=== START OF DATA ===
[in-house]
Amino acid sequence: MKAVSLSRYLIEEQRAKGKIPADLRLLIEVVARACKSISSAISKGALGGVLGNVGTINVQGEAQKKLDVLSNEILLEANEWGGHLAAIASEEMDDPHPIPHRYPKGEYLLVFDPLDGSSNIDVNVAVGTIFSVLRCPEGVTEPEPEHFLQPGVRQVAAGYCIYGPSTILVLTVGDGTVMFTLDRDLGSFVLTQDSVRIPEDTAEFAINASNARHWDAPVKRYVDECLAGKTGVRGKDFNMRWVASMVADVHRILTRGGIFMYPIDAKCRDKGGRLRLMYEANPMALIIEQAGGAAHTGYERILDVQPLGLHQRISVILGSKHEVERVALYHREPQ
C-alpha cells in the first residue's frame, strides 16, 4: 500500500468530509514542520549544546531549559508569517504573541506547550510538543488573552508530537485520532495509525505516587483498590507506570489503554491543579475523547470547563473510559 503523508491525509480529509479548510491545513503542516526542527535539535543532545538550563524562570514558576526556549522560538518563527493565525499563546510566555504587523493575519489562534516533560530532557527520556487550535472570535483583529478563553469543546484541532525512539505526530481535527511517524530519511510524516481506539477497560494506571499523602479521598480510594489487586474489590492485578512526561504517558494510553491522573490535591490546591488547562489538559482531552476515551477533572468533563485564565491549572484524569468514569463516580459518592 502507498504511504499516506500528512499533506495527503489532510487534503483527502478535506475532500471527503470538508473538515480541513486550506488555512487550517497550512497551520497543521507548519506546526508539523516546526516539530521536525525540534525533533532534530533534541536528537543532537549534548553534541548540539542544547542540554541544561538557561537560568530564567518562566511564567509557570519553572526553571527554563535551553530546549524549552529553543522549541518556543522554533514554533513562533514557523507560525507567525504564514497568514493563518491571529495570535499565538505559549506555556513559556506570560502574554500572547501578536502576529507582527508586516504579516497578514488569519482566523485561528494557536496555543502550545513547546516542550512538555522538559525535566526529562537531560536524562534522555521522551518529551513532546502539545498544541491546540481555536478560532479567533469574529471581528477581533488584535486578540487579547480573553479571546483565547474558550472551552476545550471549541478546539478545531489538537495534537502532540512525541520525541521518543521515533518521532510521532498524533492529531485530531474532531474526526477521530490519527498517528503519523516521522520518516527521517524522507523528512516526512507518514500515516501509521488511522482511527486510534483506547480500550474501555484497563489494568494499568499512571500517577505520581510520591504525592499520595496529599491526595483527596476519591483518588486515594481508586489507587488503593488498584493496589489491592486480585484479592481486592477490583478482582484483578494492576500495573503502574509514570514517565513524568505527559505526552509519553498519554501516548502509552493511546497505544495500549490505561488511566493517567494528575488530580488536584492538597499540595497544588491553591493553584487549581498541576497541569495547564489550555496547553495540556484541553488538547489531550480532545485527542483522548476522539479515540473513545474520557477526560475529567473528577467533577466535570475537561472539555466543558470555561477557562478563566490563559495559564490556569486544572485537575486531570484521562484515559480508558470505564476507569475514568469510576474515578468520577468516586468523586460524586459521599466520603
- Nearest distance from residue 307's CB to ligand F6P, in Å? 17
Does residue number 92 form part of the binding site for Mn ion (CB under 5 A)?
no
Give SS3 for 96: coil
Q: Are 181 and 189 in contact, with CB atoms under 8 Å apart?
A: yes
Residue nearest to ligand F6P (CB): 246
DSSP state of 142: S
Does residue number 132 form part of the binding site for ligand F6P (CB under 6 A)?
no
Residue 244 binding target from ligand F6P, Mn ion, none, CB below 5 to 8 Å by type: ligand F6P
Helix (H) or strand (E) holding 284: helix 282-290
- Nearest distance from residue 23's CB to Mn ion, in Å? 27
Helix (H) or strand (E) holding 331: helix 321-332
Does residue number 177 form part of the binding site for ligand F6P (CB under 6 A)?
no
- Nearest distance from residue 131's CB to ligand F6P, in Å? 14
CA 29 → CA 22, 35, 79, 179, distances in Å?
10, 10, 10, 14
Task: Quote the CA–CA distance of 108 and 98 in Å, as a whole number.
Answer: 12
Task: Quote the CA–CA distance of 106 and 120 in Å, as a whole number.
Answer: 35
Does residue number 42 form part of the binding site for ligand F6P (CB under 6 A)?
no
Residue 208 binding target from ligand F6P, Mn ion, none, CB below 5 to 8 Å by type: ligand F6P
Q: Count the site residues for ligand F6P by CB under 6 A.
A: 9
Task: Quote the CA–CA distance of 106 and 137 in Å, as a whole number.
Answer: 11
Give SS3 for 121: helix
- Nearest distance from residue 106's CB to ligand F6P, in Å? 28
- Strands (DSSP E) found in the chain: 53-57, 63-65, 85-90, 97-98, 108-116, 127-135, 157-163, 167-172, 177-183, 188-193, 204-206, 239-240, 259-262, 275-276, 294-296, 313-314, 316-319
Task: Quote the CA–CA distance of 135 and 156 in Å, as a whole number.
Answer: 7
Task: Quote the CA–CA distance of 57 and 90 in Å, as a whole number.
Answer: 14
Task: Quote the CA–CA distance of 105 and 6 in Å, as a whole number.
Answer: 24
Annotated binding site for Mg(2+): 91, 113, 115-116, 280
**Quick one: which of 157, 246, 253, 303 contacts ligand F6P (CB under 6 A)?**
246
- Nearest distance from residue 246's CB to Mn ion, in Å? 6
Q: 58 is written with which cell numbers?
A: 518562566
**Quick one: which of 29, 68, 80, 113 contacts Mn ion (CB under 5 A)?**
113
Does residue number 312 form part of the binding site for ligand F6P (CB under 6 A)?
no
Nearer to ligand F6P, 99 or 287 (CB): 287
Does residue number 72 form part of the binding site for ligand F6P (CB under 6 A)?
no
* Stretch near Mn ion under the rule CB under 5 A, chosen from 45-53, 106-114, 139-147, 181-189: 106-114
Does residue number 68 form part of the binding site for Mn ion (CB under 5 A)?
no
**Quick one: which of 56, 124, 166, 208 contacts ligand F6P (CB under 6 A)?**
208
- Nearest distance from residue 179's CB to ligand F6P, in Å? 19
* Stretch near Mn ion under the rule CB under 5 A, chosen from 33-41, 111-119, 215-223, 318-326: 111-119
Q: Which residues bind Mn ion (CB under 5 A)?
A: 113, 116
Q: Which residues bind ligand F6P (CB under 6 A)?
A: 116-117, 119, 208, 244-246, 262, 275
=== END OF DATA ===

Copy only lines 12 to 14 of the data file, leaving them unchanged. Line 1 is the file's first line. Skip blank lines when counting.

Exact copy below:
Does residue number 132 form part of the binding site for ligand F6P (CB under 6 A)?
no
Residue 244 binding target from ligand F6P, Mn ion, none, CB below 5 to 8 Å by type: ligand F6P